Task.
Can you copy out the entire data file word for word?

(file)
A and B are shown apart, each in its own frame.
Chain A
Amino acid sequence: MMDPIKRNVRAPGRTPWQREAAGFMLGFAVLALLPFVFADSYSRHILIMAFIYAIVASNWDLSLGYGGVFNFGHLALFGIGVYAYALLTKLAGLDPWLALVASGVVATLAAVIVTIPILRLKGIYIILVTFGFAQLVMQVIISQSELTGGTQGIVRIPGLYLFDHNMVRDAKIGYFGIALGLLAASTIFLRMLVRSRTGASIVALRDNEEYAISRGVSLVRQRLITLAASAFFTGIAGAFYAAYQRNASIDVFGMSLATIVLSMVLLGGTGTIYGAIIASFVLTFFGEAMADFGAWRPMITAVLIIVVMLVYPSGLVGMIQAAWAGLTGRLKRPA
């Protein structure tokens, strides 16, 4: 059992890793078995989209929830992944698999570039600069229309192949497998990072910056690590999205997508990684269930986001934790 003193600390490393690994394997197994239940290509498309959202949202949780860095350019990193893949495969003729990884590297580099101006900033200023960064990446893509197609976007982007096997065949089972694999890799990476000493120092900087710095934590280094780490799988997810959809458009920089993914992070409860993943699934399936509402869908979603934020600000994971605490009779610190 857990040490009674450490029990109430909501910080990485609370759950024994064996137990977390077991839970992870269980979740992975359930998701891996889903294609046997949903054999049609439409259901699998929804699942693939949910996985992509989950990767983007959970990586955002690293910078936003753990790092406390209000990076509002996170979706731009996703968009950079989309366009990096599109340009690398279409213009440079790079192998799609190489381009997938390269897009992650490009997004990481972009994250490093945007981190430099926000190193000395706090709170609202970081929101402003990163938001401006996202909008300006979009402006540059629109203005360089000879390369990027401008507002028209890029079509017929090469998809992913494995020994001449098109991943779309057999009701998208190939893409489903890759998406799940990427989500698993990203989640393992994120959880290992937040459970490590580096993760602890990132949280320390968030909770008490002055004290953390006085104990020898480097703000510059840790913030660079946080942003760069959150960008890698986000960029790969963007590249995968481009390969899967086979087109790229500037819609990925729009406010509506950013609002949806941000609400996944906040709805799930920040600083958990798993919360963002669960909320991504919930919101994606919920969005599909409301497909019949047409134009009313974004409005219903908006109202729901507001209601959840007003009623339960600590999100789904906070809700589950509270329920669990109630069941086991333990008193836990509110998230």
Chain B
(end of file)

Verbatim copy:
A and B are shown apart, each in its own frame.
Chain A
Amino acid sequence: MMDPIKRNVRAPGRTPWQREAAGFMLGFAVLALLPFVFADSYSRHILIMAFIYAIVASNWDLSLGYGGVFNFGHLALFGIGVYAYALLTKLAGLDPWLALVASGVVATLAAVIVTIPILRLKGIYIILVTFGFAQLVMQVIISQSELTGGTQGIVRIPGLYLFDHNMVRDAKIGYFGIALGLLAASTIFLRMLVRSRTGASIVALRDNEEYAISRGVSLVRQRLITLAASAFFTGIAGAFYAAYQRNASIDVFGMSLATIVLSMVLLGGTGTIYGAIIASFVLTFFGEAMADFGAWRPMITAVLIIVVMLVYPSGLVGMIQAAWAGLTGRLKRPA
């Protein structure tokens, strides 16, 4: 059992890793078995989209929830992944698999570039600069229309192949497998990072910056690590999205997508990684269930986001934790 003193600390490393690994394997197994239940290509498309959202949202949780860095350019990193893949495969003729990884590297580099101006900033200023960064990446893509197609976007982007096997065949089972694999890799990476000493120092900087710095934590280094780490799988997810959809458009920089993914992070409860993943699934399936509402869908979603934020600000994971605490009779610190 857990040490009674450490029990109430909501910080990485609370759950024994064996137990977390077991839970992870269980979740992975359930998701891996889903294609046997949903054999049609439409259901699998929804699942693939949910996985992509989950990767983007959970990586955002690293910078936003753990790092406390209000990076509002996170979706731009996703968009950079989309366009990096599109340009690398279409213009440079790079192998799609190489381009997938390269897009992650490009997004990481972009994250490093945007981190430099926000190193000395706090709170609202970081929101402003990163938001401006996202909008300006979009402006540059629109203005360089000879390369990027401008507002028209890029079509017929090469998809992913494995020994001449098109991943779309057999009701998208190939893409489903890759998406799940990427989500698993990203989640393992994120959880290992937040459970490590580096993760602890990132949280320390968030909770008490002055004290953390006085104990020898480097703000510059840790913030660079946080942003760069959150960008890698986000960029790969963007590249995968481009390969899967086979087109790229500037819609990925729009406010509506950013609002949806941000609400996944906040709805799930920040600083958990798993919360963002669960909320991504919930919101994606919920969005599909409301497909019949047409134009009313974004409005219903908006109202729901507001209601959840007003009623339960600590999100789904906070809700589950509270329920669990109630069941086991333990008193836990509110998230």
Chain B